Anyone with even the slightest familiarity of contemporary political life recognizes that the distinguishing feature of left-of-centre parties is their overriding commitment to the reduction of inequality. It is because they want to realize this goal that they generally support policies that increase the size of the public sector. This way, the state acquires the resources needed to redistribute incomes and wealth.
But thereâ€™s another, less well-known, component of this strategy. Augmenting the government means that more public sector workers need to be hired. By removing these newly hired individuals from the unemployment rolls, or from lower-paying private sector jobs, the left can endeavour to lower inequality by putting a larger bulk of the population on the government payroll with a higher income.
Does this work? Not necessarily. Or so Cheol-Sung Lee, Young-Bum Kim & Jae-Mahn Shim argue in the latest issue of the American Sociological Review. Based on a study of 16 developed nations from 1971-2003, they find that the strategy of hiring more public sector employees only decreases inequality where their productivity is roughly in line with those in the private sector.
But where productively is markedly less in the public sector, the strategy has negligible impact on inequality. In fact, the authors suggest that, in this scenario, budget and unemployment difficulties become more likely. This is because the governmentÂ ends upÂ forcibly extracting resources from more productive workers to compensate their less efficient counterparts at a rate above their marginal rate of productivity. Obviously, economic growth is going to be compromised if the most productive citizens are being penalized, while the least productive are being rewarded.Â Â
So the question is: is there now a productivity divide between public and private sector workers that is not being reflected in their wages?
Here is the abstract of the paper:
Cheol-Sung Lee, Young-Bum Kim & Jae-Mahn Shim
American Sociological Review, February 2011, Pages 100-124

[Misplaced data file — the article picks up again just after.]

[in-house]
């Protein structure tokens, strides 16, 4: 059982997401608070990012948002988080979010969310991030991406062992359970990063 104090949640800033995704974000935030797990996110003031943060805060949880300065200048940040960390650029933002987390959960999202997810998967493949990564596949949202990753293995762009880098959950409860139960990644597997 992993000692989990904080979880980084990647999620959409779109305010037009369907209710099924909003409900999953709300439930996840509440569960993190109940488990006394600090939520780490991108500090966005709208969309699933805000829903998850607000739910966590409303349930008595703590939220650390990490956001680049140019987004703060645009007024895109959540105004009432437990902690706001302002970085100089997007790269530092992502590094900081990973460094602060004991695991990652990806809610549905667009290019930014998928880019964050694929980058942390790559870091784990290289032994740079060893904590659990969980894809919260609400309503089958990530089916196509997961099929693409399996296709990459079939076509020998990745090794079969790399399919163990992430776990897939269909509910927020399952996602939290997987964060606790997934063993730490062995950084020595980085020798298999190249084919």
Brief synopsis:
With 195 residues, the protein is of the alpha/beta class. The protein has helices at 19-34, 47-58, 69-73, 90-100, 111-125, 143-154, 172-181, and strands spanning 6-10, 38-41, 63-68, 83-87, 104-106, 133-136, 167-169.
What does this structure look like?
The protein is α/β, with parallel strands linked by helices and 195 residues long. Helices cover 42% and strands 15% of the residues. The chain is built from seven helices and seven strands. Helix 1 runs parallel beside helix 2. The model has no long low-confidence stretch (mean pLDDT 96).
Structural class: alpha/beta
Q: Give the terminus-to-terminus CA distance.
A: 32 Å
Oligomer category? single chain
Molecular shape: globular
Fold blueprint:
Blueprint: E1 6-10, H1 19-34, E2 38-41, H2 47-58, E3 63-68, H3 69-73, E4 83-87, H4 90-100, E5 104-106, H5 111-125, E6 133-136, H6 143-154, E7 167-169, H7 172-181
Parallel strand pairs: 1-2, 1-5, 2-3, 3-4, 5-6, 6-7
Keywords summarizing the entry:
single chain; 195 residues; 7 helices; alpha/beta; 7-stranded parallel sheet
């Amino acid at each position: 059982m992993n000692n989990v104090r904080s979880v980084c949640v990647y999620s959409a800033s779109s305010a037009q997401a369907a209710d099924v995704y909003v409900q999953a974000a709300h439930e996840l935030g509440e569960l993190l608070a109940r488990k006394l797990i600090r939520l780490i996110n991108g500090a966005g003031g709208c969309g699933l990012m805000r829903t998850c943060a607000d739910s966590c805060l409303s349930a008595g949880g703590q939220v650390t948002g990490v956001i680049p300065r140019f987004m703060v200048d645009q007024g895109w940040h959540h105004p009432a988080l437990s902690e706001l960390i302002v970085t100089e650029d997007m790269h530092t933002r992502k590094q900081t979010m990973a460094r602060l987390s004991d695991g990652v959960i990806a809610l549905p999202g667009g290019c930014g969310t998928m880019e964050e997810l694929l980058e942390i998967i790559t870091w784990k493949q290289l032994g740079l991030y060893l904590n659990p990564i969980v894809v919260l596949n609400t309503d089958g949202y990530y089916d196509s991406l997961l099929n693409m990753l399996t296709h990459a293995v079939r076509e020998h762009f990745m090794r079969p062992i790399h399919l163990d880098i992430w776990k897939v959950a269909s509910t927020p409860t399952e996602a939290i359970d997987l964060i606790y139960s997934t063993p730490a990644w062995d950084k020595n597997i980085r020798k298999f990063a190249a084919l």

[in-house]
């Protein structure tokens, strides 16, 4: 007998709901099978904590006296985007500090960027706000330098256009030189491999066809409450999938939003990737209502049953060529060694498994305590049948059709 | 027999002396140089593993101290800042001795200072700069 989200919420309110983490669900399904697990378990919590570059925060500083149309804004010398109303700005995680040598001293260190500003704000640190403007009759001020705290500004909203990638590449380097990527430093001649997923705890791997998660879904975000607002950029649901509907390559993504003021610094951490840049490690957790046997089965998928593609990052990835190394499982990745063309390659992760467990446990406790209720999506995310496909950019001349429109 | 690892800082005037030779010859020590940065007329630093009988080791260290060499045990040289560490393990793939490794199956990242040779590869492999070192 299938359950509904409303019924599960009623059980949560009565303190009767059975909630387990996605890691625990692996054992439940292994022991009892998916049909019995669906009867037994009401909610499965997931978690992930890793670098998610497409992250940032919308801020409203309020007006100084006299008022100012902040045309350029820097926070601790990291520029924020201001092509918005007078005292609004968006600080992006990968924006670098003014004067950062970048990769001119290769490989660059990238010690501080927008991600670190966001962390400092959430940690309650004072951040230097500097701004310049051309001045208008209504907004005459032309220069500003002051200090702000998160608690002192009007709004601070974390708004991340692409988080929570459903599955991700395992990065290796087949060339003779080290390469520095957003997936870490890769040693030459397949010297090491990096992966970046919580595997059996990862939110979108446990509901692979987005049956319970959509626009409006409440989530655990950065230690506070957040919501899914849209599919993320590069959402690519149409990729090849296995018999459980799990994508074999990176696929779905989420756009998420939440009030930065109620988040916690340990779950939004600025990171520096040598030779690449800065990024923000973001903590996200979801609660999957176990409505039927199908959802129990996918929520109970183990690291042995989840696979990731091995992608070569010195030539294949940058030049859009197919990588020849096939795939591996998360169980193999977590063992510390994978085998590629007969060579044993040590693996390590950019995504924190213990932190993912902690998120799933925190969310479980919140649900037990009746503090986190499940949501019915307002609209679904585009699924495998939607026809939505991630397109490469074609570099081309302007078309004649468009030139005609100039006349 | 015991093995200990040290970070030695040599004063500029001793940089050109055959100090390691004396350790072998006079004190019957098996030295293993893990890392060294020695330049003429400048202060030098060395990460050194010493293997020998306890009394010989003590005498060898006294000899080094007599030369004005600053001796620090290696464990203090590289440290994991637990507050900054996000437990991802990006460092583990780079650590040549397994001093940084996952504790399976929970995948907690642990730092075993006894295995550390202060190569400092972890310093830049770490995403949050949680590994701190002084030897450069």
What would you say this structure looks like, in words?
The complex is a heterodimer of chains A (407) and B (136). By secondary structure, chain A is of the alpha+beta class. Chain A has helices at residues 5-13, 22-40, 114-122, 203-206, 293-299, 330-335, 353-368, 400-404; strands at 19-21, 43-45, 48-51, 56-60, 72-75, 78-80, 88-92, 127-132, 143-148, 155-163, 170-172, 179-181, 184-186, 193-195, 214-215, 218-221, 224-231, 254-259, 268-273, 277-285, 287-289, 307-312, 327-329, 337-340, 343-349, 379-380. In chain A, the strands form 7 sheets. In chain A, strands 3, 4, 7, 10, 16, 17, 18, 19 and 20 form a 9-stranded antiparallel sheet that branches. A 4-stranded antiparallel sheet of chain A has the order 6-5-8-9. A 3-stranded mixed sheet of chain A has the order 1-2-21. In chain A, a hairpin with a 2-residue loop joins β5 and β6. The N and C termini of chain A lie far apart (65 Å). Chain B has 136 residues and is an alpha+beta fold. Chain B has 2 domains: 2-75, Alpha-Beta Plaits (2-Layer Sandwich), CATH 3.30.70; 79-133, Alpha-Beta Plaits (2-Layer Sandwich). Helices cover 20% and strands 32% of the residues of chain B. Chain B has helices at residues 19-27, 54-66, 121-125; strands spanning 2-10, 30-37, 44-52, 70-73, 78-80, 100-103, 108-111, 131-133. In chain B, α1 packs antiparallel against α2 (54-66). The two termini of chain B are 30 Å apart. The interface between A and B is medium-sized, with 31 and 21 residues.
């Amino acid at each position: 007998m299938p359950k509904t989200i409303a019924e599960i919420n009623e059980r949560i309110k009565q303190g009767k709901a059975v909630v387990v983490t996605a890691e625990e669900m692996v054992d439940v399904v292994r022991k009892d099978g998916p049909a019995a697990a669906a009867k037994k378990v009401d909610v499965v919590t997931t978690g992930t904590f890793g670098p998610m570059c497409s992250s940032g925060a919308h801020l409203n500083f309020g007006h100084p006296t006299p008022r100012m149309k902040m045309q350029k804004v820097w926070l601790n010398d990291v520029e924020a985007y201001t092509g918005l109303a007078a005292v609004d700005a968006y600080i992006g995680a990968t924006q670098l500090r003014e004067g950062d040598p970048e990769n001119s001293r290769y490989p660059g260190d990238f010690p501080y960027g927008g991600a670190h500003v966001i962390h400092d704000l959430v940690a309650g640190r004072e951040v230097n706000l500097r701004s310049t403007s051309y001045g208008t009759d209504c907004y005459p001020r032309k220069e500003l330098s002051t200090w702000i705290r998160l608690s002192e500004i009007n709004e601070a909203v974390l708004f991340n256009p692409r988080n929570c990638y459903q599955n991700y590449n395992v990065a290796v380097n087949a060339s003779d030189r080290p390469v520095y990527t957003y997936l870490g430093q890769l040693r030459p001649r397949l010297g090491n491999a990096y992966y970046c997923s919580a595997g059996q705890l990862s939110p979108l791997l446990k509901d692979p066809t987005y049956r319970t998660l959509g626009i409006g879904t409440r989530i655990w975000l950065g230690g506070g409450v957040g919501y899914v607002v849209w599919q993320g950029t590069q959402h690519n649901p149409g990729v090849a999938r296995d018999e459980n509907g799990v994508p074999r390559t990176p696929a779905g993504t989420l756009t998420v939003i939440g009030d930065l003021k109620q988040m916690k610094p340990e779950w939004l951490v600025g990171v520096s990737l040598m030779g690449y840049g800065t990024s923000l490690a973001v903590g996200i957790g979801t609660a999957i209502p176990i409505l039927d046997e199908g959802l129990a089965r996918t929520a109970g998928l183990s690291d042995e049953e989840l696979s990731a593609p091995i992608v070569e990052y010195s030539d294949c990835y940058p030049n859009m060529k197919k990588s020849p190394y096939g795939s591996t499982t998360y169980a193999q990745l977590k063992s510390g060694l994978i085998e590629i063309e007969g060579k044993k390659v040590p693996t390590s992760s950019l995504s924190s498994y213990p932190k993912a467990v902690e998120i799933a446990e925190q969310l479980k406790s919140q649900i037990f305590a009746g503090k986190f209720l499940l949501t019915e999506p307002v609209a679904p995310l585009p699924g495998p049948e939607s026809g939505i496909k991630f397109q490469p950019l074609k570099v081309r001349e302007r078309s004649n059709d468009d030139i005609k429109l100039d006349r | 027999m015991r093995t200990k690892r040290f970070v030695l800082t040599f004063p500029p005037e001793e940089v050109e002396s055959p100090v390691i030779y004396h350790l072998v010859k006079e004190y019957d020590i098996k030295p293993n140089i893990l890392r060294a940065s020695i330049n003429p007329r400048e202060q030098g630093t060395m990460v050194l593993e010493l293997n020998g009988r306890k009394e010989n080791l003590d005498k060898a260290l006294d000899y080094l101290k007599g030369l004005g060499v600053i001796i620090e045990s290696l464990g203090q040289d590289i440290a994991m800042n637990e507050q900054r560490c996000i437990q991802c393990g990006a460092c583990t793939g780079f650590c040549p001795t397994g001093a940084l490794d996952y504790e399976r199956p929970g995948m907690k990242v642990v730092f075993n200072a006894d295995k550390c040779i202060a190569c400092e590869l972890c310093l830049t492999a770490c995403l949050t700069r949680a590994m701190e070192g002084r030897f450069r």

In this study, we investigate how structural Â of economic changes constrain an equality project, the public-sector expansion strategy. First, we describe a three-stage process in which a growing productivity gap between the private-manufacturing and public-service sectors disrupts traditional class solidarity. We contend that emerging conflicts between private and public sectors due to public-sector expansion and a growing inter-sectoral productivity gap eventually lead to employment and budget crises, as well as the weakening of coordinated wage-setting institutions. Furthermore, political, institutional, and economic transformations originating from sectoral cleavages and imbalance lead to increased income inequality. We test this argument using an unbalanced panel dataset on 16 advanced industrial democracies from 1971 to 2003. We find that public-sector employment has a strong negative effect on income inequality when the productivity gap between sectors is low. In such situations, public-sector employment fulfills its promise of equality and full employment. However, as the inter-sectoral productivity gap increases, the negative effect of public-sector expansion on income inequality evaporates. The findings suggest that severely uneven productivity gaps due to different degrees of technological innovations significantly weaken and limit the effectiveness of left-wing governments’ policy interventions through public-service expansion.